Witchcraft is a solid British gothic horror flick from the early 60s (1964 in fact). With the very competent Don Sharp at the helm it hits most of the right notes and provides plenty of entertainment.
The core of the plot is a family feud dating back to the Norman Conquest. The Laniers, a Norman family, dispossessed an old Anglo-Saxon family, the Whitlocks, of much of their land after the conquest. In the 17th century the Laniers used the witch trials as a mean of despoiling the Whitlocks of even more of their property, and had Vanessa Whitlock buried alive for practising witchcraft.
The feud turns even nastier when the latest scion of the Lanier clan, Bill Lanier, becomes involved in a major housing development. The development will require the relocation of an ancient cemetery, which happens to be where the Whitlock family have buried their dead for countless centuries. When bulldozers start smashing gravestones the current head of the Whitlock family, Morgan Whitlock, is understandably enraged. He threatens dire consequences for the Laniers. Bill Lanier visits the construction site, and finds an odd carved stone, the carvings being indicative of witchcraft. As he drives off the grave opens, and a woman emerges, a woman we assume (correctly as it turns out) is the long-dead Vanessa Whitlock.
There’s a further complication, in that Bill Lanier’s brother Todd and Morgan Whitlock’s niece Amy are in love. Which enrages Morgan Whitlock still further.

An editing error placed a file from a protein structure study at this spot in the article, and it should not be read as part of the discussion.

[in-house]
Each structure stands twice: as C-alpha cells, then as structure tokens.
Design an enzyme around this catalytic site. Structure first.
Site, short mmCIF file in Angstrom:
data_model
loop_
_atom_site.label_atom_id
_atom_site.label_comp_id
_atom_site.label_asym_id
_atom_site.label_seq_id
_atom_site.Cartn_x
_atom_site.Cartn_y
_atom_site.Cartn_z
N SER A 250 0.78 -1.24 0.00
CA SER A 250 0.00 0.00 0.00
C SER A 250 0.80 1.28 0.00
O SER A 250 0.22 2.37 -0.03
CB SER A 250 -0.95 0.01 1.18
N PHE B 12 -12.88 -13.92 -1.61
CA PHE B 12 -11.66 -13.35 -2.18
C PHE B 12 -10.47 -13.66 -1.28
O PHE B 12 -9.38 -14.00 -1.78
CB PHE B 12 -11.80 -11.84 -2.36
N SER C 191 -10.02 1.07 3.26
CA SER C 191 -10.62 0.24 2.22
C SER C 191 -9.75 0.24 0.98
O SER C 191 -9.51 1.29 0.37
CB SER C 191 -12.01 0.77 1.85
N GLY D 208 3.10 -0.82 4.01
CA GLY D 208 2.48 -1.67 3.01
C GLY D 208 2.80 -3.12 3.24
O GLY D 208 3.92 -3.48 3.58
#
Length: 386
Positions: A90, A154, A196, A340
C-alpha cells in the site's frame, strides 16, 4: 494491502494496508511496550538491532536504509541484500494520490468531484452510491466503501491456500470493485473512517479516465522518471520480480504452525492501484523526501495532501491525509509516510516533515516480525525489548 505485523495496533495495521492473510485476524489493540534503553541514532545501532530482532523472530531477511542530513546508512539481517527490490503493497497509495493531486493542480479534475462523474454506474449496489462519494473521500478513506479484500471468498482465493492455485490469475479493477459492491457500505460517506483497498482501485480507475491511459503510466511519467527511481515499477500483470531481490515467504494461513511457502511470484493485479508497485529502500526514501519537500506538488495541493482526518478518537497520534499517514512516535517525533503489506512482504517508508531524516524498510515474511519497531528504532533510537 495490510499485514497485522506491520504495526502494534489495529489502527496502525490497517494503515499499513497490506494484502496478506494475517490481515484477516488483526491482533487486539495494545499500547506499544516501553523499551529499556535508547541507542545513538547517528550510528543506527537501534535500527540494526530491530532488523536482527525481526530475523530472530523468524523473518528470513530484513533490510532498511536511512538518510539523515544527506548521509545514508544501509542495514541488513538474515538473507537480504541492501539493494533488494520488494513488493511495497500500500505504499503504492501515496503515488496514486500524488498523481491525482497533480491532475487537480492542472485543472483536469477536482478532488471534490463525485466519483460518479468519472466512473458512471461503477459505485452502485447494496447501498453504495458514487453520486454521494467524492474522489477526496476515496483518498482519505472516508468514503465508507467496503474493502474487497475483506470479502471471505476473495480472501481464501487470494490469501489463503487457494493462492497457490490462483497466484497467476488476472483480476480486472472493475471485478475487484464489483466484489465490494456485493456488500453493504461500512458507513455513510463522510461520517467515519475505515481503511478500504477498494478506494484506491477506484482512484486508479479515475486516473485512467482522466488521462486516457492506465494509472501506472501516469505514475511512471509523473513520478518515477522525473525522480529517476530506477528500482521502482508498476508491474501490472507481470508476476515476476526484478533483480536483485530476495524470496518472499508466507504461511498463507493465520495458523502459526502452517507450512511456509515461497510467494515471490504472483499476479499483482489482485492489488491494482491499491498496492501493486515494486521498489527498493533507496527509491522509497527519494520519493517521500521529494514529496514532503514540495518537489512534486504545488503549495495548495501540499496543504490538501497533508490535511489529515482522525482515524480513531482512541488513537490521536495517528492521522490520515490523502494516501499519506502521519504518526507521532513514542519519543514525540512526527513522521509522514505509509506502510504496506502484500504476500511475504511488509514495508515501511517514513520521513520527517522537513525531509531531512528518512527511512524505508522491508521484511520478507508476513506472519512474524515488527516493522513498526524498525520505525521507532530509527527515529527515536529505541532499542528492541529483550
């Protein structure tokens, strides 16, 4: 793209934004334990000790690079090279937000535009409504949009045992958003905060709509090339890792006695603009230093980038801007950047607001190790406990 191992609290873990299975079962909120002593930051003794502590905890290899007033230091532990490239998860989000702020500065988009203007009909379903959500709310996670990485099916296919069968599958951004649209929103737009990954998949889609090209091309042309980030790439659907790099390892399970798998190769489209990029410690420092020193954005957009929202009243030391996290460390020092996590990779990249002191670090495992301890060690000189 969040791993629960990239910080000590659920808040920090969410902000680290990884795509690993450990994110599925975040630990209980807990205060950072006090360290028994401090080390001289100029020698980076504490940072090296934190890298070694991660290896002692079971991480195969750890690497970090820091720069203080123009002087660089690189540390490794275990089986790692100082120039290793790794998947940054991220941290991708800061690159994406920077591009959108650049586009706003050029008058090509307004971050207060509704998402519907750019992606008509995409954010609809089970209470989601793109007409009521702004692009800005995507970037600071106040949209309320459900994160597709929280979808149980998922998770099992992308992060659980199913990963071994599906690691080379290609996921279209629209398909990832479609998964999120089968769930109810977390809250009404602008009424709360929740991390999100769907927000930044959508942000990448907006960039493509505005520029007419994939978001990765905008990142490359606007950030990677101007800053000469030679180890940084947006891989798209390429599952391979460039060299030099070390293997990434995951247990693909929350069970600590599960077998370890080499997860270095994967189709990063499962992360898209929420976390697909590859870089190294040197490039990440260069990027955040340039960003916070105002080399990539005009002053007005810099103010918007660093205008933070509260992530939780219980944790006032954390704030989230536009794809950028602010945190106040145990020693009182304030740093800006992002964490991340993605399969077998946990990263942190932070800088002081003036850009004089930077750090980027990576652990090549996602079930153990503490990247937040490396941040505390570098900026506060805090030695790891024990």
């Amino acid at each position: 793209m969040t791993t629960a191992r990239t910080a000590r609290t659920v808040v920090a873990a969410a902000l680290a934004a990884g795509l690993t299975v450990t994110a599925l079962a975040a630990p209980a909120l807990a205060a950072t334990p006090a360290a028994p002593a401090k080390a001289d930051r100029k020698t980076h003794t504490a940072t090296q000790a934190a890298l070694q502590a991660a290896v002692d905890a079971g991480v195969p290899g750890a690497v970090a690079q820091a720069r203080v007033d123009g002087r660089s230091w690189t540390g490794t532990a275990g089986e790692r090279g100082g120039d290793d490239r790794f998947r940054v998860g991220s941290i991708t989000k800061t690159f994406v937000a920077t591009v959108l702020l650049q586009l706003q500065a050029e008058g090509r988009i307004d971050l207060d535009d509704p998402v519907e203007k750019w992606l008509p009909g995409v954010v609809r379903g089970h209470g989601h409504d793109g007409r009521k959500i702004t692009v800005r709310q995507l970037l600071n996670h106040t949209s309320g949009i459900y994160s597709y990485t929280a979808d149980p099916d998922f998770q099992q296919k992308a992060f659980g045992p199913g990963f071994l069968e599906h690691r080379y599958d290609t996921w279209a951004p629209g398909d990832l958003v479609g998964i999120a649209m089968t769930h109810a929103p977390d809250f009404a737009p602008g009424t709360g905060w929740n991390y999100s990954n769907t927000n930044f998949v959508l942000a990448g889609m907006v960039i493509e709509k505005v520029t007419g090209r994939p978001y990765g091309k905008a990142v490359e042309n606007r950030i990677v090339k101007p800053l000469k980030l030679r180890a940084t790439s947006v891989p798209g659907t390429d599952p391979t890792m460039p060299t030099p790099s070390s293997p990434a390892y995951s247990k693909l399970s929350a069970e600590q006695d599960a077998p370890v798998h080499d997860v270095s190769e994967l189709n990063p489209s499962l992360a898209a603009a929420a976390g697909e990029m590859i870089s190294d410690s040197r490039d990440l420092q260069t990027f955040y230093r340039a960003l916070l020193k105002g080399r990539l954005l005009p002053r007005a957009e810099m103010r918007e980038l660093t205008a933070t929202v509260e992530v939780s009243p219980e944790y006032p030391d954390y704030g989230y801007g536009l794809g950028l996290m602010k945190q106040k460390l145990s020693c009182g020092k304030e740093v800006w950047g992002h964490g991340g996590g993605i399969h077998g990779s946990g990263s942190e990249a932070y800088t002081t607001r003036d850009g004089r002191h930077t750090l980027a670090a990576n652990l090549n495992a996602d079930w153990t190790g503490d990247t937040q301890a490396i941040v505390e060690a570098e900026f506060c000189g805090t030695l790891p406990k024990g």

The matriarch of the Lanier clan predicts grave danger for the family, and this danger is soon seen to be very real, although the first victim is Bill Lanier’s business partner. The Lanier women already suspected Morgan Whitlock of heading up a coven of witches. Bill is sceptical at first, but when he realises that his wife is in dire peril he starts to reconsider his views on the existence of witchcraft in the modern world.
Lon Chaney Jr is great fun as Morgan Whitlock. The other players are quite competent, and Yvette Rees is suitably creepy and mysterious as the centuries-old witch Vanessa.
The methods used to exact vengeance upon the Laniers and their allies involve devil dolls and auto-suggestion, and the killings and attempted killings are handled quite well.
The very old house in which the Laniers live, with priest-holes and secret passage-ways and vast subterranean cellars, provides the required gothic flavouring to the setting.
While the plot contains nothing startlingly original it’s executed with energy and a certain amount of style. Don Sharp was always good at pacing his films, and this is no exception. The black-and-white cinematography looks pretty good, and most of the ingredients you’d expect are there, including the obligatory Black Mass.
The movie was released on DVD as a Midnite Movies double-feature, paired with Devils of Darkness. There are no extras but both movies look very good. Devils of Darkness was made by Planet Pictures while Witchcraft was a product of Lippert Films, both small companies seeking to cash in on the gothic movie boom started in Britain by Hammer. And while neither movie can be accused of being a horror masterpiece they’re both reasonably entertaining in a rather lightweight way. It’s pretty good value as a double-feature, and definitely worth picking up if you enjoy early 60 British gothic horror.